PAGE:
A 30.000 pies por viajeros para viajeros

Málaga in 7 Bites

Málaga has become the hot capital of culture, due to the recent opening of local branches of the Centre Pompidou and Saint Petersburg State Russian Museum Collection, added to other art successes with the Carmen Thyssen Museum, La Térmica, the Contemporary Art Centre (CAC) and the Picasso Museum (a fine retrospective of Louise Bourgeois is currently running until 27 September). The city centre’s beautiful pedestrian precinct – distributed around the stately Marqués de Larios street as its hub – it’s pleasant climate all year around, its beaches and its gastronomy make it the ideal getaway destination. Here are 7 essential eateries you should not miss in Málaga.

1. El Pimpi

You can’t leave Málaga without stopping off at this emblematic bar with its eminently Andalusian patios filled with potted carnations. One of its draws is the casks autographed by the most variegated celebrities who have dined there, from Antonio Gala to Miquel Barceló and Pablo Alborán. It has a huge terrace, too. The food is very good and prices average about €30.

2. Los Baños del Carmen

This former spa opposite the beach, once a luxury baths and now decadent, preserves a charm of its own. Refurbished as a restaurant boasting an enormous terrace with a stately air, this is the ideal spot for soaking up the twilight hours. The menu du jour costs €18 and the à la carte is very Malagueñan: tapas de la bahía (from the bay), fish on a skewer, charcoaled meat… and concerts are usually held on weekend afternoons.

3. Mercado Atarazanas (Atarazanas, 10)

This lovely market with wrought-iron ceilings, colourful stained glass and a marble, Mudéjar entrance features several stalls that sell their tapas on the street, with tall tables for eating standing up. Dogfish, octopus, razor clams, prawns, venus shells, Malagueñan mixed fry… fittingly all very fresh and at excellent prices (averaging €3.5 for a half-portion). Ideal for having an aperitif.

4. Andrés Maricuchi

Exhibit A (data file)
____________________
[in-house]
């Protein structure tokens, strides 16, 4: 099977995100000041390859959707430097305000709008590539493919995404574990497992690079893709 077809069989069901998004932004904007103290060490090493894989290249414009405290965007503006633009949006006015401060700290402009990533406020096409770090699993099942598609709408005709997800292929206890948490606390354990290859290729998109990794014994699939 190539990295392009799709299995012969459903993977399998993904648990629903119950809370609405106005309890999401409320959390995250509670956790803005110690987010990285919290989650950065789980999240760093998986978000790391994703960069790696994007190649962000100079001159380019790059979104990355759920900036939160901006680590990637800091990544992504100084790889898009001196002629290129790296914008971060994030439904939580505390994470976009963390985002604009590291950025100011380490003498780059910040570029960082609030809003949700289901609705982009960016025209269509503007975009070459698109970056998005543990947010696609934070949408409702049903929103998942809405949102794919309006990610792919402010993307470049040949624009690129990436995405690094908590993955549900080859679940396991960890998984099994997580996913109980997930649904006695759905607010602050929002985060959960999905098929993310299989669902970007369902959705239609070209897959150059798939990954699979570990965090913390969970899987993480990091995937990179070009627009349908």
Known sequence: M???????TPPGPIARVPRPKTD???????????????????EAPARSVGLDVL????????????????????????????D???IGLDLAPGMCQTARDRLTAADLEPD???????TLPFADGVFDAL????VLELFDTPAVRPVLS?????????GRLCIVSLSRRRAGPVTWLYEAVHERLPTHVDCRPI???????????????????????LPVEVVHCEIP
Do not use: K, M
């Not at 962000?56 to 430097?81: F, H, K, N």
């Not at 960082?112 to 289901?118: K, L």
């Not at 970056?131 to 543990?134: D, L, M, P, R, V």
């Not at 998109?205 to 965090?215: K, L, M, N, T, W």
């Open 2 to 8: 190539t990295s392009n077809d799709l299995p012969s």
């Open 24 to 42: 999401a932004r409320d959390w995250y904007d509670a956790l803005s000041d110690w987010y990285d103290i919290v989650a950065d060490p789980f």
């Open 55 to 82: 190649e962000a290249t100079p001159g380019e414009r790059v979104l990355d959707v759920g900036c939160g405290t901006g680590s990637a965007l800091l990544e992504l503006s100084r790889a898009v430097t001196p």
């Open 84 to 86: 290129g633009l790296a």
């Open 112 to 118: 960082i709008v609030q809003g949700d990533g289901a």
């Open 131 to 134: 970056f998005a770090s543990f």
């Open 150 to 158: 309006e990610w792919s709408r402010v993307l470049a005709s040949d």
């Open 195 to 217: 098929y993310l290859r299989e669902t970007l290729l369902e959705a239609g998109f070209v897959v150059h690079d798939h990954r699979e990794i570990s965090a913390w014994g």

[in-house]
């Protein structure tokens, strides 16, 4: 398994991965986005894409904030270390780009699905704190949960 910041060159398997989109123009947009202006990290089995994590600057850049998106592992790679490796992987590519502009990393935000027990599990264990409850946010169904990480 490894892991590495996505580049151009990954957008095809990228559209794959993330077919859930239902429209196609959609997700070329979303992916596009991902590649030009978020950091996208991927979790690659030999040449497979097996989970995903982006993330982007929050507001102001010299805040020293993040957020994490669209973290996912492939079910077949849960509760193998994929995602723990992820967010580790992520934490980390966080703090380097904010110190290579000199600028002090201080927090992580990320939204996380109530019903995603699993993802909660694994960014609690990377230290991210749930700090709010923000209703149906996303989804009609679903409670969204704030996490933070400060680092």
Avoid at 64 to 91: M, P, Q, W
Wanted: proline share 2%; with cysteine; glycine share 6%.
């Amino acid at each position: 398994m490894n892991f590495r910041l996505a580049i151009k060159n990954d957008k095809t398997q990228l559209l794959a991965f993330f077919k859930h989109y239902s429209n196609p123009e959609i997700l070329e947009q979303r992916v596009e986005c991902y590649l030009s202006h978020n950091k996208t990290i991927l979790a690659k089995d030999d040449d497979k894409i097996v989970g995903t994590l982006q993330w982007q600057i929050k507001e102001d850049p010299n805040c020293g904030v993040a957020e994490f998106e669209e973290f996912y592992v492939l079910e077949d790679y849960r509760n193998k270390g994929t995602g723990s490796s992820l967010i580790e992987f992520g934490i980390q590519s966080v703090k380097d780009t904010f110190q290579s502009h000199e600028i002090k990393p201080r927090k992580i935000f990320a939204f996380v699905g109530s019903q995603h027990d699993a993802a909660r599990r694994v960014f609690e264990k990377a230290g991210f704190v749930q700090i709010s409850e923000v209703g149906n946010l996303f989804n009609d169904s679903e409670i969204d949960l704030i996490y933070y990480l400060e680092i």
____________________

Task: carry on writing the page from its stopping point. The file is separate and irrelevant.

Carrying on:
El Pedregalejo beach offers one of Málaga’s most prized specialities – espetos or skewered fish, particularly the sardine variety. They are charcoaled on cute barbecue boats set in the sand. Prominent among the many beach bars with a carefree, happy ambience is the Maricuchi. Instead of a menu, they recite their dishes to you. Their sardines are crisp on the outside and tasty on the inside. Around €20.

5. Montana

If you are seeking a more curated cuisine in romantic surroundings, this town palace has a gastronomic restaurant upstairs and a tapas bar below, set in a gardened terrace. Some of the recommendations: scrambled egg with whitebait and peppers in yuzu sauce, ox carpaccio with olive oil ice-cream and wasabi cheese, and timbal (tartlet) with griddled bacon, field mushrooms, foie gras and balsamic reduction. Classicism and modernity in one. Average price – €45.

6. José Carlos García Restaurante

Haute cuisine for gourmets. The chef, Carlos García, was awarded the province’s first Michelin star for creative cuisine in his Café París restaurant. They recently opened another, more distinguished, upmarket restaurant in the harbour. It comprises an intimate dining area with just six tables, a kitchen enclosed in a cube in full view of diners, a priceless terrace and an events room. Tasting menu – €110.

7. KGB

The more daring foodies should head for Kisco García Bar, a trove of world cuisine. One of their hits is pure Asian and Andalusian fusion – the Vietnamese nam de pringá (€4). They also give a nod to Russia with their vodka omelette, and to other parts of the world, as with their Peking Express bread. They also feature an array of thoroughly southern dishes, like the Ángel León-style shrimp omelette. A curiosity – the premises once housed Dani García’s gastrobar and, as a lot of the latter’s guests still came to order their excellent ox-tail hamburger, the dish has been incorporated into the menu of the bar opposite, belonging to the same owner as KGB – Wendy Gambas. 

Málaga seems to have just everything. A good climate, excellent museums and endless culinary delights to wit. Come and live it out for yourself. Check out our flights here.


Text by Isabel Loscertales (Gastronomistas)

Photos by Isabel Loscertales, Montana, José Carlos García Restaurante

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